“We love thinking about every experience someone has from the minute they open the door. How can we help them feel relaxed, inspired, and at home as quickly and easily as possible?” Kristin Sloan is explaining what compelled her and her husband, Doug Jaeger, to launch what they’ve dubbed The Reset Club, a travel and shopping site for aesthetes.
The two have been in the midst of a reset themselves: she’s a New York City ballet dancer-turned-digital storyteller (she got her start launching the ballet’s media department), and he’s a former partner at TBWA\Chiat\Day. A few years ago, they decamped from NYC for the Catskills, where they run their own branding agency, JaegerSloan—and have been on a house makeover roll.
The fledgling Reset Club features their two Catskills Airbnb cabins, along with a short roster of the couple’s favorite places to stay near and far—accompanied by their own testimonials, remodeling stories, and glimpses of their on-the-go three year old. The shop section links to key design sources from these destinations. Yes, the Reset Club gets paid for many of these affiliate links, but not always. So far, the site reads like enthusiasts sharing fresh-from-the-construction-site wisdom and finds. Here’s our favorite property on the site, the couple’s Cook House, a Scandinavian-accented, minimalist hideaway that’s fully shoppable.
Kristin and Doug painted the exterior a medium charcoal—Valspar’s Ocean Storm (though sunlight makes the second story look like a lighter shade, it’s all one color, including trim and front door). “We love neutral, dark exterior colors that blend into the landscape,” says Kristin. “Our other buildings are black, but here we thought black might give off a haunted house vibe. We closed on the house last October and needed to paint ASAP to beat the cold, so we ended up finding a Valspar color similar to a Farrow & Ball color we had liked, but that we could easily grab in nearby Kingston.”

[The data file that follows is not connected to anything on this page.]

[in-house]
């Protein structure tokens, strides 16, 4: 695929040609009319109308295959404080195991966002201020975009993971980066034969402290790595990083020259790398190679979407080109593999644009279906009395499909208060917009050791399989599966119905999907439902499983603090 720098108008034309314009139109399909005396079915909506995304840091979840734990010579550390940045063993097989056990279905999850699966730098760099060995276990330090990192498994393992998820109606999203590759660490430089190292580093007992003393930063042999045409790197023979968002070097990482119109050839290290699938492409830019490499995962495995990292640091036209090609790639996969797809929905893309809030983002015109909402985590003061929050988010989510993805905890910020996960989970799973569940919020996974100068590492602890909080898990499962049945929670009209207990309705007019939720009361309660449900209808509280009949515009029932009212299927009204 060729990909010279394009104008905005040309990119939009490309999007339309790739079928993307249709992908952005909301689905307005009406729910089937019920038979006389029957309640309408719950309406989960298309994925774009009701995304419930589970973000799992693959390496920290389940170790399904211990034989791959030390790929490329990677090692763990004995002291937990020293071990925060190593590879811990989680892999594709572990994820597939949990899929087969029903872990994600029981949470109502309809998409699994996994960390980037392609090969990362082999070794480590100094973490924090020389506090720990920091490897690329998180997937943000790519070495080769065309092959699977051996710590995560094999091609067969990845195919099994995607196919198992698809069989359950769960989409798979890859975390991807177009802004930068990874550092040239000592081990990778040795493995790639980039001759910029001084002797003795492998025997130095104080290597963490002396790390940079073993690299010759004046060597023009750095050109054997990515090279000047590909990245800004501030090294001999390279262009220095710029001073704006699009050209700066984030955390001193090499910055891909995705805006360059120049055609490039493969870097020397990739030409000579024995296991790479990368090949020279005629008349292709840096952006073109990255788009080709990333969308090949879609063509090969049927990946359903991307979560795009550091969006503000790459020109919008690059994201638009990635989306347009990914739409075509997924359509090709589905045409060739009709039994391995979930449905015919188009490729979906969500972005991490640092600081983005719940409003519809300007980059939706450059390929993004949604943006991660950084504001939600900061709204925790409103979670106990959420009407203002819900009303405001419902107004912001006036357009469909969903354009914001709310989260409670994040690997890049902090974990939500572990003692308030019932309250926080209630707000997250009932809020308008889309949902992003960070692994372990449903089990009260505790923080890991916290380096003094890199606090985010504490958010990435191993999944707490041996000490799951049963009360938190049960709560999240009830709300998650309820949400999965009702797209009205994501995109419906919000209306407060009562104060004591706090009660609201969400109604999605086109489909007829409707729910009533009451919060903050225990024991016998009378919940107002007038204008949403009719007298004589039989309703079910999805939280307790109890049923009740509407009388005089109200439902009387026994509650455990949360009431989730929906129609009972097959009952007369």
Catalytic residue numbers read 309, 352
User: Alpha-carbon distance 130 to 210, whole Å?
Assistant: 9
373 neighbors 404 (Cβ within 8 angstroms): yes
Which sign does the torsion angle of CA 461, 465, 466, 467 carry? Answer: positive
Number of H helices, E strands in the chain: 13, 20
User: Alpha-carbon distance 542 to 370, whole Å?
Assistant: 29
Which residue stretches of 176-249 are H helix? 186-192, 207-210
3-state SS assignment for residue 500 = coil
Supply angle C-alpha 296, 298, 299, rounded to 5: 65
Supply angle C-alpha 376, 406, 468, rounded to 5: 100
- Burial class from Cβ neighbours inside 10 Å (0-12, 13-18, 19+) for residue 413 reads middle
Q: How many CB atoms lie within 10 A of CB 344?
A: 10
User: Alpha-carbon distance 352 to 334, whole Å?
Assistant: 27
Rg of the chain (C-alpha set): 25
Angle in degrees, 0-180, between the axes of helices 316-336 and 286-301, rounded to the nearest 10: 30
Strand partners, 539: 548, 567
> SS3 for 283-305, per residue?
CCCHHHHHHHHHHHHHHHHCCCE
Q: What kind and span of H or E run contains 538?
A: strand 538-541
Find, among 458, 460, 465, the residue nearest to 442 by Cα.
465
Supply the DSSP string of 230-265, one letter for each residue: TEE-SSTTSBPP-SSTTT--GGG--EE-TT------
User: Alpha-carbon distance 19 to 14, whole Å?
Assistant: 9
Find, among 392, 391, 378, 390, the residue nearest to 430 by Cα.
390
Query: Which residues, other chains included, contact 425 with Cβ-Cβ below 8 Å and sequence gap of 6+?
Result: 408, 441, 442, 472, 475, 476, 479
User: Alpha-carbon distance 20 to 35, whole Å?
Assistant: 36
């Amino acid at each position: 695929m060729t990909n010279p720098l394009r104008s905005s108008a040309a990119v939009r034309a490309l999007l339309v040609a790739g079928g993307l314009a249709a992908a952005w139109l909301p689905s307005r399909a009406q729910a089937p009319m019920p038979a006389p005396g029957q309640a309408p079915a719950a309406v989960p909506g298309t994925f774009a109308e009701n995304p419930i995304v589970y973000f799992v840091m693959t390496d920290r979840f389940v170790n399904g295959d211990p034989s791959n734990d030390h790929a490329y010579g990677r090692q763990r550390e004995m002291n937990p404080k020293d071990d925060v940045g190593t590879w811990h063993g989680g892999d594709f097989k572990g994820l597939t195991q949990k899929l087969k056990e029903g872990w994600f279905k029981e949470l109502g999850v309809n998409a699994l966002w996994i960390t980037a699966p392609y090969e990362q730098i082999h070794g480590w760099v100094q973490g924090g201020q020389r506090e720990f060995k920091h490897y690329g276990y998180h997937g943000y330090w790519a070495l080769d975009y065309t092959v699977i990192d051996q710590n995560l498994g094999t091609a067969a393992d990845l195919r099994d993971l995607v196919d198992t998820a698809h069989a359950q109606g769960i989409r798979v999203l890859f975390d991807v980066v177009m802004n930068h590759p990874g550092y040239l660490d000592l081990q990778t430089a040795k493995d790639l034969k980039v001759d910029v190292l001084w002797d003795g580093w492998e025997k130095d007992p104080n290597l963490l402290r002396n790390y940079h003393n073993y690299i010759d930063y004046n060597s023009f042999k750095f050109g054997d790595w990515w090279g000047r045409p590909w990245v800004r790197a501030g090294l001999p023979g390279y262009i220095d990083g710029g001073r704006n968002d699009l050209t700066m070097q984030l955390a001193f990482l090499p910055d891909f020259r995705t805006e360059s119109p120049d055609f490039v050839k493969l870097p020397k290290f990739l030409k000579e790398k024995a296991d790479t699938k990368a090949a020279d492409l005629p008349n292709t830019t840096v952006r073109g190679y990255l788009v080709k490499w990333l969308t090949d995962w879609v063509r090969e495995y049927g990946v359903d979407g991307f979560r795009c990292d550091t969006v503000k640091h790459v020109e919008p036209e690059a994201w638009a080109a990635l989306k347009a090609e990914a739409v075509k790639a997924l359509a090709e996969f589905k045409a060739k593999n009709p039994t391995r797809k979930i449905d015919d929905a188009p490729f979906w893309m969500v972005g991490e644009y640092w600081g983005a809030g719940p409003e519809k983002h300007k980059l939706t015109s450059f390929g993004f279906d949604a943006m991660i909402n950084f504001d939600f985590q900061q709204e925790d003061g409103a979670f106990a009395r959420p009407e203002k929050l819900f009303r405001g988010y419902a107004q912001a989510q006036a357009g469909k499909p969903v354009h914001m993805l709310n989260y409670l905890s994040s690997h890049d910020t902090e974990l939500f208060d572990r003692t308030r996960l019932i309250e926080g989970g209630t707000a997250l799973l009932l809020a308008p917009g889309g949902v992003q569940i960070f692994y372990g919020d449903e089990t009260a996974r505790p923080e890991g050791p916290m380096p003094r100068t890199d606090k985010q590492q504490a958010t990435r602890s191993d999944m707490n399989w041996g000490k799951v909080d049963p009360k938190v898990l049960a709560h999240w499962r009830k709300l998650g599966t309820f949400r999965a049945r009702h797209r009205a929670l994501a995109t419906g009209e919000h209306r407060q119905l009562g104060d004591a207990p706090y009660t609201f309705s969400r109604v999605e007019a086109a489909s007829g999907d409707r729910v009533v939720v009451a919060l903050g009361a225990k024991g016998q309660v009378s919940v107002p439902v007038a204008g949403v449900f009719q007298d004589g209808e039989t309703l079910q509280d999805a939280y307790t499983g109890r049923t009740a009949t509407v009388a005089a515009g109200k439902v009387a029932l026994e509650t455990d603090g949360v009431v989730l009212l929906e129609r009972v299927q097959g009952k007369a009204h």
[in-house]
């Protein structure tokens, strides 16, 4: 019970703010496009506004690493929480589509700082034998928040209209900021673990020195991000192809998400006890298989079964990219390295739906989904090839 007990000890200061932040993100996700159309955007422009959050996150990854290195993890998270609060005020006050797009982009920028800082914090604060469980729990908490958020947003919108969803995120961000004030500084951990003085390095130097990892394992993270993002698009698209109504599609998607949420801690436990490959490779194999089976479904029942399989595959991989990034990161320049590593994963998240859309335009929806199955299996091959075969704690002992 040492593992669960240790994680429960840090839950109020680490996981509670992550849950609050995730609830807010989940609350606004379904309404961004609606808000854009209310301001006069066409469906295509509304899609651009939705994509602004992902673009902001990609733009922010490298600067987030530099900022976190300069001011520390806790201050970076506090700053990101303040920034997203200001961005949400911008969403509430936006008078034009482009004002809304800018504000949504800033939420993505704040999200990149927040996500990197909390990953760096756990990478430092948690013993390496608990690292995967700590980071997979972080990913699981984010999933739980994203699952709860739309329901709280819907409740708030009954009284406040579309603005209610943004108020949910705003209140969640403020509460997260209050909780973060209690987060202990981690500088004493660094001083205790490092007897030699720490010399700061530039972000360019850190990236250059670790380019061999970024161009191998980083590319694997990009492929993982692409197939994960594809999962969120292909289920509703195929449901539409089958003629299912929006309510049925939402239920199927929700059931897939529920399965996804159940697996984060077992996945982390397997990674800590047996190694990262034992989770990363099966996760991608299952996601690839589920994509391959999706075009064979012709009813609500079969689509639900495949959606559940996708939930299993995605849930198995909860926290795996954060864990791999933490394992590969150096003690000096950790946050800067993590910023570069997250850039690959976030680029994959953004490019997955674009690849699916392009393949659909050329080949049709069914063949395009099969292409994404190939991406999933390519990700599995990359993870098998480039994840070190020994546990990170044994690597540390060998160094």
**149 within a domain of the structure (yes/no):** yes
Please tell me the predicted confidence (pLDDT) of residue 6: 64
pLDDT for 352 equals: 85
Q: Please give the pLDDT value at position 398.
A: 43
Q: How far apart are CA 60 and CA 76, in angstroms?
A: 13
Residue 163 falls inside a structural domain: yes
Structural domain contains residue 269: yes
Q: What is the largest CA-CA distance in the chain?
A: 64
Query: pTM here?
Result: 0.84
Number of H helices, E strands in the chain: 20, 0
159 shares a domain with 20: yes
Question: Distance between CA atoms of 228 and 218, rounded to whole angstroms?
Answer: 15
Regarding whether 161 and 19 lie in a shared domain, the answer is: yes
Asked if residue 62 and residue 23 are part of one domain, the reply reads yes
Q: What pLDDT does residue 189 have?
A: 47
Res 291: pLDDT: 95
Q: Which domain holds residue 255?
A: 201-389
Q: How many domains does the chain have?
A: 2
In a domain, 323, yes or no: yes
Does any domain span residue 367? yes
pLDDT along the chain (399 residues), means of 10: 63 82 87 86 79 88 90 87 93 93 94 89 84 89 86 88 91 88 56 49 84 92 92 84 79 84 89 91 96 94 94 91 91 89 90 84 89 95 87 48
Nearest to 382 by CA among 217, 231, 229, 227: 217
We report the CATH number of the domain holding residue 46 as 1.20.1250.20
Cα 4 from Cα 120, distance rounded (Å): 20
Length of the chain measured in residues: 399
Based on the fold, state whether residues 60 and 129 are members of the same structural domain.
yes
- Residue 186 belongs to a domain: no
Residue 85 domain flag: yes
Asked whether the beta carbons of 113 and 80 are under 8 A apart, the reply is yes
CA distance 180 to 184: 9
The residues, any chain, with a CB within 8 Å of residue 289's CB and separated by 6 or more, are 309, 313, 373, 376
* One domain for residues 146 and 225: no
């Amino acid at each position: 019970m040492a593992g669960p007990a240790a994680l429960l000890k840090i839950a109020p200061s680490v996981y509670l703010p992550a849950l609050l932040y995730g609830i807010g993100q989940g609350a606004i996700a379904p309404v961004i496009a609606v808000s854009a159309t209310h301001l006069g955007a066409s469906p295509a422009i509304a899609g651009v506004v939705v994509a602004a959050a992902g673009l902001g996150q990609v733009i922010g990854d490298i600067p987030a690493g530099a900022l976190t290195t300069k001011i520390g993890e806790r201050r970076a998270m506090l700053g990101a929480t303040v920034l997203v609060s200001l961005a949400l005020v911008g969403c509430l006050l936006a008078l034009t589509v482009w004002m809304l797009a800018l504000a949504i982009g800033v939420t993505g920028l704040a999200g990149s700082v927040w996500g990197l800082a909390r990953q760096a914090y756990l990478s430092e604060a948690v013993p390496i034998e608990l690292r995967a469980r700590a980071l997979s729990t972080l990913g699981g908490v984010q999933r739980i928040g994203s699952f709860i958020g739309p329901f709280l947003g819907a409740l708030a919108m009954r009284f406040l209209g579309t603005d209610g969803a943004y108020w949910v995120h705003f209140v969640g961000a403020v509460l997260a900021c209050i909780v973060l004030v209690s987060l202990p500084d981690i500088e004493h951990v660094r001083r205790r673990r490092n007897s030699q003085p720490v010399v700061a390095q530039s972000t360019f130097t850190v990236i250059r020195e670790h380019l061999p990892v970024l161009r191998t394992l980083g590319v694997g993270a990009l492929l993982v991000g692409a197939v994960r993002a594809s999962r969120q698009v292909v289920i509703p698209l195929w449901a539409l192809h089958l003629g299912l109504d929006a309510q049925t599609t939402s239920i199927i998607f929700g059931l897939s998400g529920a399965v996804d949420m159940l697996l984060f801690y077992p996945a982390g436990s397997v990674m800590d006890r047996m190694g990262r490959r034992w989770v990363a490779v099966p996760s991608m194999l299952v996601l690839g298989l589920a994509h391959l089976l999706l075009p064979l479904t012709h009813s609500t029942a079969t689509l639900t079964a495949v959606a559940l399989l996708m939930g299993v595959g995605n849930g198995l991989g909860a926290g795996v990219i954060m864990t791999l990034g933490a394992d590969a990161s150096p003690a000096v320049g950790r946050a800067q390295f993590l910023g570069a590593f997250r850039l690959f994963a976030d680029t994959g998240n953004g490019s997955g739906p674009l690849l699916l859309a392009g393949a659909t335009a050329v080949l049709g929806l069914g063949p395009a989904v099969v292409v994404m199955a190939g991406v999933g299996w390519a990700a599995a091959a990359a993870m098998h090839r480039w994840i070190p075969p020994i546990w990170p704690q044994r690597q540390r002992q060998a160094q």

They also redesigned the stair in birch plywood, added built-in seating, and introduced soffits around the back and side walls to make room for plumbing and wiring: “There’s a lot of integrated smart home technology as well as low-voltage ambient lighting, all of which required a good bit of advance planning.” Note the record player in the corner (there’s also a Sonos sound system).
“We chose three materials that repeat across the entire house: birch plywood, white concrete, and shiplap,” explains Kristin. “The plywood helps warm and soften the space, and was a great material for the custom shelving and built-in furniture. The white concrete, left a bit rough, keeps things less formal while still feeling substantial and tactile. And the shiplap was a quick way of covering walls while adding some texture and a bit of the original farmhouse vibe.”
An overhead Slim Projector allows guests to watch TV and movies on a recessed screen that emerges at the press of a button: “We’re big projection fans, in part because it’s a great way to hide a big clunky piece of technology when it’s not in use,” write the couple on their site. The hanging lights are by Menu.
The basin and Minimal Wall Faucet were ordered from Build.com; of the latter, they say, “While you can find even more beautiful and minimal versions of this design from other countries, we think this one works well and it’s designed for the US, so it’s fairly straight-forward to install. Don’t forget to get the rough-in valve and a drain assembly (without overflow) or a drain assembly (with overflow) which are not included.”
Of their choice, the couple write: “There are lots of options when it comes to tubs: cast iron is beautiful but incredibly heavy, especially when you fill it with water (not great for a second floor bathroom with a small stairwell in an old farm house), porcelain can also be super heavy and has the added issue of potential staining and chipping. In the end, we landed on acrylic because it’s easy to clean, hard to damage, and was fairly easy to install.”
Here are three more standout Upstate getaways: